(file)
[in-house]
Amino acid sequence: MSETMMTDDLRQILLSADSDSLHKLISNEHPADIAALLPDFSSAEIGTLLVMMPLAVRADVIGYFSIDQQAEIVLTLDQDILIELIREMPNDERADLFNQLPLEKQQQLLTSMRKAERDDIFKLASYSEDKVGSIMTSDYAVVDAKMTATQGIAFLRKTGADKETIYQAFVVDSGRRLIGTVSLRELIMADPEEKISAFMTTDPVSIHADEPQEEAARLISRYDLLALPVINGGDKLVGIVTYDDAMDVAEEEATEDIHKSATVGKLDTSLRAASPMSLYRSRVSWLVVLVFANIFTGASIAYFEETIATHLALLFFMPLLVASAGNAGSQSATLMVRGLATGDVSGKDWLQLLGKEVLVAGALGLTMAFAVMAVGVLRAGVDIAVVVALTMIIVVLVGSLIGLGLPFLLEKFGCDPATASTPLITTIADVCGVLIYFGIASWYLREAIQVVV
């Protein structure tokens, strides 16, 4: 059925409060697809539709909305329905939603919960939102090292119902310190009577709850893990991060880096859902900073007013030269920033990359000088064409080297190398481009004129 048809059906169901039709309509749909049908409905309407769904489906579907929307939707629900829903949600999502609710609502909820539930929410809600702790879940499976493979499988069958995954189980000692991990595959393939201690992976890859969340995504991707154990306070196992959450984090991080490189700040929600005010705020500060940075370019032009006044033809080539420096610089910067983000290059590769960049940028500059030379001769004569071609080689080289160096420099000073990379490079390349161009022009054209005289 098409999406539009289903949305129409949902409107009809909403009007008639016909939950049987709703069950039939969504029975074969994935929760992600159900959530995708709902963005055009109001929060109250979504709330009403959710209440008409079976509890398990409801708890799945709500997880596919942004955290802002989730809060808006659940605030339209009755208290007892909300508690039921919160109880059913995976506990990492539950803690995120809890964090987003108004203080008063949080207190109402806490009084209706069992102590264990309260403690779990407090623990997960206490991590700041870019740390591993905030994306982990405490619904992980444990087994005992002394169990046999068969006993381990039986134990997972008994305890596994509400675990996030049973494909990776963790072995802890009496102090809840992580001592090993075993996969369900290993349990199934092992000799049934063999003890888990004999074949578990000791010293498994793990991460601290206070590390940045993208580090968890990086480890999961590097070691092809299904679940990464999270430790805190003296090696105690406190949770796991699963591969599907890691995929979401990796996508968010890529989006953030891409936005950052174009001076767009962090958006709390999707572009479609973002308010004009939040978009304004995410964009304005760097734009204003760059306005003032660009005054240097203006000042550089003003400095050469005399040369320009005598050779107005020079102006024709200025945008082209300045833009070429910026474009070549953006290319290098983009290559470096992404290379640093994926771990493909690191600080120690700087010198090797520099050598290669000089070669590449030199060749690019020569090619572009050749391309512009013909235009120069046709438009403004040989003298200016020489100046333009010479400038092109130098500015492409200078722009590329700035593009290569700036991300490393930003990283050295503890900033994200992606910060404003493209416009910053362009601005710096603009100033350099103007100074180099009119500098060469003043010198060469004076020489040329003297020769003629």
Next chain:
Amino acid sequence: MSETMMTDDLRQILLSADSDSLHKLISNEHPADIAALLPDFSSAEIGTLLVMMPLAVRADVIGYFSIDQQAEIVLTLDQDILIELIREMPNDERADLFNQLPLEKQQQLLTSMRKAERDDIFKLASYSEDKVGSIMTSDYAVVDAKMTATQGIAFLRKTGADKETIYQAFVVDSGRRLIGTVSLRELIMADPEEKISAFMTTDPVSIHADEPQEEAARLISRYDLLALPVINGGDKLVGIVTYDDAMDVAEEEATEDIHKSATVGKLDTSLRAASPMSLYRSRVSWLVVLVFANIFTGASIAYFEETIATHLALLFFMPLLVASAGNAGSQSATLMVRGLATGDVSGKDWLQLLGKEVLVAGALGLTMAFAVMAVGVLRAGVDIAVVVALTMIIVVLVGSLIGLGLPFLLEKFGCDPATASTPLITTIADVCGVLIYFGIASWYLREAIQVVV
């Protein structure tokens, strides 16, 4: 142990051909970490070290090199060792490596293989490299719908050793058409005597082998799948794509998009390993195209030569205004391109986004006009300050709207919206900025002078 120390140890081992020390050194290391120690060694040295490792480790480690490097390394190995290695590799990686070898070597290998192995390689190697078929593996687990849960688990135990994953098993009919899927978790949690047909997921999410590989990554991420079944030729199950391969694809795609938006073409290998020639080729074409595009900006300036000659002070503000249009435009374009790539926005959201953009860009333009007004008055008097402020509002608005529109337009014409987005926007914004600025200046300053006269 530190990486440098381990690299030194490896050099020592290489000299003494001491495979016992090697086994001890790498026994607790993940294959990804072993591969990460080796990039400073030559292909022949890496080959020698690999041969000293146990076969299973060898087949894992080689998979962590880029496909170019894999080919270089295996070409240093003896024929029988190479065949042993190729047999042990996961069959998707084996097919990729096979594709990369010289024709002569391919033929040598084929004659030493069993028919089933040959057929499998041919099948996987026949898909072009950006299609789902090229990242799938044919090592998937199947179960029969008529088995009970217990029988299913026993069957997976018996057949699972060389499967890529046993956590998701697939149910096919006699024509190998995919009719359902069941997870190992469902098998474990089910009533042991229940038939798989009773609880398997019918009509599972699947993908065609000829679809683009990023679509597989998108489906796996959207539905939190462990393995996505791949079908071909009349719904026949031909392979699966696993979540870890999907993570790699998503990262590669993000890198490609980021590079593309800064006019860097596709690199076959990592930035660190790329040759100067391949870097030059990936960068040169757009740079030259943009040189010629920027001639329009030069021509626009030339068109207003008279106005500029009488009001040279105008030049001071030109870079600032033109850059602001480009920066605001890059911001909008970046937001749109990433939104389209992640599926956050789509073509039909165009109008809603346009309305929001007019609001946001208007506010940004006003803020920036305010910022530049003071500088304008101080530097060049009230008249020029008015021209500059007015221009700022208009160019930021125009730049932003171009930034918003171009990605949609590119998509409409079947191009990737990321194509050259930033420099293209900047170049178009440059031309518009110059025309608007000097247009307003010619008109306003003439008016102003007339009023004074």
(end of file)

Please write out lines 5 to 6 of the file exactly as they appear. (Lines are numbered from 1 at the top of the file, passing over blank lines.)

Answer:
Amino acid sequence: MSETMMTDDLRQILLSADSDSLHKLISNEHPADIAALLPDFSSAEIGTLLVMMPLAVRADVIGYFSIDQQAEIVLTLDQDILIELIREMPNDERADLFNQLPLEKQQQLLTSMRKAERDDIFKLASYSEDKVGSIMTSDYAVVDAKMTATQGIAFLRKTGADKETIYQAFVVDSGRRLIGTVSLRELIMADPEEKISAFMTTDPVSIHADEPQEEAARLISRYDLLALPVINGGDKLVGIVTYDDAMDVAEEEATEDIHKSATVGKLDTSLRAASPMSLYRSRVSWLVVLVFANIFTGASIAYFEETIATHLALLFFMPLLVASAGNAGSQSATLMVRGLATGDVSGKDWLQLLGKEVLVAGALGLTMAFAVMAVGVLRAGVDIAVVVALTMIIVVLVGSLIGLGLPFLLEKFGCDPATASTPLITTIADVCGVLIYFGIASWYLREAIQVVV
């Protein structure tokens, strides 16, 4: 142990051909970490070290090199060792490596293989490299719908050793058409005597082998799948794509998009390993195209030569205004391109986004006009300050709207919206900025002078 120390140890081992020390050194290391120690060694040295490792480790480690490097390394190995290695590799990686070898070597290998192995390689190697078929593996687990849960688990135990994953098993009919899927978790949690047909997921999410590989990554991420079944030729199950391969694809795609938006073409290998020639080729074409595009900006300036000659002070503000249009435009374009790539926005959201953009860009333009007004008055008097402020509002608005529109337009014409987005926007914004600025200046300053006269 530190990486440098381990690299030194490896050099020592290489000299003494001491495979016992090697086994001890790498026994607790993940294959990804072993591969990460080796990039400073030559292909022949890496080959020698690999041969000293146990076969299973060898087949894992080689998979962590880029496909170019894999080919270089295996070409240093003896024929029988190479065949042993190729047999042990996961069959998707084996097919990729096979594709990369010289024709002569391919033929040598084929004659030493069993028919089933040959057929499998041919099948996987026949898909072009950006299609789902090229990242799938044919090592998937199947179960029969008529088995009970217990029988299913026993069957997976018996057949699972060389499967890529046993956590998701697939149910096919006699024509190998995919009719359902069941997870190992469902098998474990089910009533042991229940038939798989009773609880398997019918009509599972699947993908065609000829679809683009990023679509597989998108489906796996959207539905939190462990393995996505791949079908071909009349719904026949031909392979699966696993979540870890999907993570790699998503990262590669993000890198490609980021590079593309800064006019860097596709690199076959990592930035660190790329040759100067391949870097030059990936960068040169757009740079030259943009040189010629920027001639329009030069021509626009030339068109207003008279106005500029009488009001040279105008030049001071030109870079600032033109850059602001480009920066605001890059911001909008970046937001749109990433939104389209992640599926956050789509073509039909165009109008809603346009309305929001007019609001946001208007506010940004006003803020920036305010910022530049003071500088304008101080530097060049009230008249020029008015021209500059007015221009700022208009160019930021125009730049932003171009930034918003171009990605949609590119998509409409079947191009990737990321194509050259930033420099293209900047170049178009440059031309518009110059025309608007000097247009307003010619008109306003003439008016102003007339009023004074």